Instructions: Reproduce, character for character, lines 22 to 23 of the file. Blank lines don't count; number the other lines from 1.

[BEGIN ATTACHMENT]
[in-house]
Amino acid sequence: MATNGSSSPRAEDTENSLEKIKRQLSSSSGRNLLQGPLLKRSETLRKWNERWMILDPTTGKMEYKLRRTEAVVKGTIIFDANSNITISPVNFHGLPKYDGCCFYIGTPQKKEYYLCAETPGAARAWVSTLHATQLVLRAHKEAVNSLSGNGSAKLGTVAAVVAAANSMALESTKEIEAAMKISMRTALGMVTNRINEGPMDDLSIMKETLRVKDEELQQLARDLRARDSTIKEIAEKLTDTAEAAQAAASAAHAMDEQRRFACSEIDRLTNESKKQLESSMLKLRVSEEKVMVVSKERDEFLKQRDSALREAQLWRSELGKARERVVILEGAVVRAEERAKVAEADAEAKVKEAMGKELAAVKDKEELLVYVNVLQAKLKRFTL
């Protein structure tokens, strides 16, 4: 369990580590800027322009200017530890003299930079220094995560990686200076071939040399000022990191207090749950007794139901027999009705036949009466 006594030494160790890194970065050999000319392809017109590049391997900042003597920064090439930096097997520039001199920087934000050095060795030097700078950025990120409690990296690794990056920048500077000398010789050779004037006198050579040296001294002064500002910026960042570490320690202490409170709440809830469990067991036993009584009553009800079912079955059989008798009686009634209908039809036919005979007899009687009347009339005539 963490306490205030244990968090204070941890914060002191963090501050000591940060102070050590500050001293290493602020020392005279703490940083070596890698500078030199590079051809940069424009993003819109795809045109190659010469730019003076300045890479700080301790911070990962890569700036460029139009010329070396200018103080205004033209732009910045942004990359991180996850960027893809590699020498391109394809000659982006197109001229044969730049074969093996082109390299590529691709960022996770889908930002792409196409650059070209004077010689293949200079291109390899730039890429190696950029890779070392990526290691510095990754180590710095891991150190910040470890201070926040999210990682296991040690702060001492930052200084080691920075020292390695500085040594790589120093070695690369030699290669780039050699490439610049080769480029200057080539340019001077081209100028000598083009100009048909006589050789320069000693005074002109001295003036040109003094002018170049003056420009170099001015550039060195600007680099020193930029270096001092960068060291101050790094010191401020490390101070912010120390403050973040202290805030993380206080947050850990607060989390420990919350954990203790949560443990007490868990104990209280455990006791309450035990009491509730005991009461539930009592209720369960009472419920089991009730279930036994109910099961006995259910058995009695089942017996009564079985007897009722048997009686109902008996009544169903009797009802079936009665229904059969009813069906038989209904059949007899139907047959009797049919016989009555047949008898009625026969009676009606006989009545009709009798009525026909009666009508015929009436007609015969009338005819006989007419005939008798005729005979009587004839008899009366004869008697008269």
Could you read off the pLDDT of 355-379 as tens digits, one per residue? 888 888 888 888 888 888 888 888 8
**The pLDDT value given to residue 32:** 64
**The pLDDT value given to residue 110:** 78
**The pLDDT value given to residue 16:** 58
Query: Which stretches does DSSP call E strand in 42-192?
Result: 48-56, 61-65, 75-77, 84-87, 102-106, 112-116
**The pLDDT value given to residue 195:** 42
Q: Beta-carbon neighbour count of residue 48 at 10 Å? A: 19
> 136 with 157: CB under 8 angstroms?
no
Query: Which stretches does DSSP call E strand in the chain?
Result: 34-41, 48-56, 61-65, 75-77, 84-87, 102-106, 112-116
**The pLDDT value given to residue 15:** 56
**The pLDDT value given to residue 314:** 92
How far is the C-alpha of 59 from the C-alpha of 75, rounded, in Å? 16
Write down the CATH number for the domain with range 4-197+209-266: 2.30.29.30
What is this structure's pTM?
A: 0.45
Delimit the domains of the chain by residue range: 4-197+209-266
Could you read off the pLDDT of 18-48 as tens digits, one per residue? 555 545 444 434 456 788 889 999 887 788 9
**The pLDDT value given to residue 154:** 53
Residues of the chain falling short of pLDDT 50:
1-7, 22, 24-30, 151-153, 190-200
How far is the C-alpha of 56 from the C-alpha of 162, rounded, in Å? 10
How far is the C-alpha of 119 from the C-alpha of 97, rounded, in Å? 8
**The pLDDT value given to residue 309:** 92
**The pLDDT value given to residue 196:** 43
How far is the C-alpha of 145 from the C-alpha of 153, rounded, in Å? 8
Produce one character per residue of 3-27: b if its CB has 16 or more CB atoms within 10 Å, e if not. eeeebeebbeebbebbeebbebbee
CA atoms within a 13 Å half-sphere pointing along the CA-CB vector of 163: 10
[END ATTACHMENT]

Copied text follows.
Delimit the domains of the chain by residue range: 4-197+209-266
Could you read off the pLDDT of 18-48 as tens digits, one per residue? 555 545 444 434 456 788 889 999 887 788 9